CIGMAT Report 2013

By C. Vipulanadan, PhD, P.E., professor and director of Center for Innovative Grouting Materials and Technology (CIGMAT) and Texas Hurricane Center for Innovative Technology (THC-IT), Department of Civil and Environmental Engineering, University of Houston | October 2013, Vol. 68 No. 10
Figure 1. Piezo-resistive behavior of modified oil well cement

Nanoparticles: bacteria interaction
Nanoparticles are being used in number of applications and new generation materials. Hence the effect of different metallic nanoparticles including iron (Fe), silver (Ag), gold (Au) and titanium (Ti) on the bacterial growth are being studied, related to biomedical field, textile field and as antimicrobial agents. Nanoparticles have anti-bacterial properties by either leading to cell wall breakage or by causing oxidative stresses. Several studies also have shown that nanoparticles can promote the growth of bacteria or have no clear toxicity to bacteria. The overall objective of CIGMAT study was to compare and quantify the effects of Au/Fe and Fe nanoparticles not only on the bacterial growth (Serratia sp.) but also on the production of a biosurfactant. The nanoparticles were prepared using the foam method. The concentrations of the nanoparticles used for the bacterial interaction study were varied from 1 mg/L to 10 g/L. The study included the growth of bacteria and production of a biosurfactant when exposed to the nanoparticles up to eight days. In Fig. 5, interactions of nanoparticles with bacterial (Serratia sp.) are shown. The test results showed that the effect of nanoparticles on the bacterial growth and biosurfactant production varied with nanoparticle type, shape and concentrations. Different exposure times of the bacteria to the nanoparticles had varying effects on the bacterial growth. Biosurfactant production was affected by the type and concentrations of nanoparticles. Based on the trends observed in the tests, analytical models have been developed to predict the bacterial growth and biosurfactant production with varying amount of nanoparticle concentrations.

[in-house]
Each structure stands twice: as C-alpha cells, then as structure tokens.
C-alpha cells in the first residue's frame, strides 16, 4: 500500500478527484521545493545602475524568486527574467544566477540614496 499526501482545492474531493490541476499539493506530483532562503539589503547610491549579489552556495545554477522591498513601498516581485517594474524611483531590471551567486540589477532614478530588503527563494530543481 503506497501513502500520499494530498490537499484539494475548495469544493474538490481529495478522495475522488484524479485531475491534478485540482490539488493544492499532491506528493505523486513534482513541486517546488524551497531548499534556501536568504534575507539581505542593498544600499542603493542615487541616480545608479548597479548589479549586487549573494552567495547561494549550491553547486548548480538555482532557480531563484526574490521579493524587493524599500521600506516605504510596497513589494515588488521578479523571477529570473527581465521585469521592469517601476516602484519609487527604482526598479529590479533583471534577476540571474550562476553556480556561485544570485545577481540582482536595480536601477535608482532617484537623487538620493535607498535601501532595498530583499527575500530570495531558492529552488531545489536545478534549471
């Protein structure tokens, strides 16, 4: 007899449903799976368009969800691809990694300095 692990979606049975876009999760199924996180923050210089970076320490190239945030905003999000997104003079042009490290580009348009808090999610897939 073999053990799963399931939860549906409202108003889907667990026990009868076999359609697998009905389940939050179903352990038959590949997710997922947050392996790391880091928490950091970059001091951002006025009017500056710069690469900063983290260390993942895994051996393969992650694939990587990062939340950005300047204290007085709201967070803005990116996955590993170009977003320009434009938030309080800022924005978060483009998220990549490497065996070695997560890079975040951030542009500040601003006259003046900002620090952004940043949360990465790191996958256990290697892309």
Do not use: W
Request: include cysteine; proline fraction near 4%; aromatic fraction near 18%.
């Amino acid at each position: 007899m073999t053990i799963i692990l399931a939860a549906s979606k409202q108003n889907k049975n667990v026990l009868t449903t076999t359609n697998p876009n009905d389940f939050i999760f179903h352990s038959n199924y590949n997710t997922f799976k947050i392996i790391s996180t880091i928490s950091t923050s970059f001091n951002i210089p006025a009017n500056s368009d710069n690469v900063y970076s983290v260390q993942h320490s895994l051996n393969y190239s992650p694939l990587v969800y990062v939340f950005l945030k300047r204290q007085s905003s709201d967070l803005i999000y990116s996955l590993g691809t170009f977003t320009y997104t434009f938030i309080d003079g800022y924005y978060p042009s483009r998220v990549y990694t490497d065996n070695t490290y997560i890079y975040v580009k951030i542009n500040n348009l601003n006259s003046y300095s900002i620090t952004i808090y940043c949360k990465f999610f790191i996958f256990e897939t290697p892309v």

Figure 5. Micrograph of nanoparticle-bacteria interaction of (a) bacteria only; (b) bacteria- Au/Fe nanoparticles; and (c) bacteria-Fe nanoparticles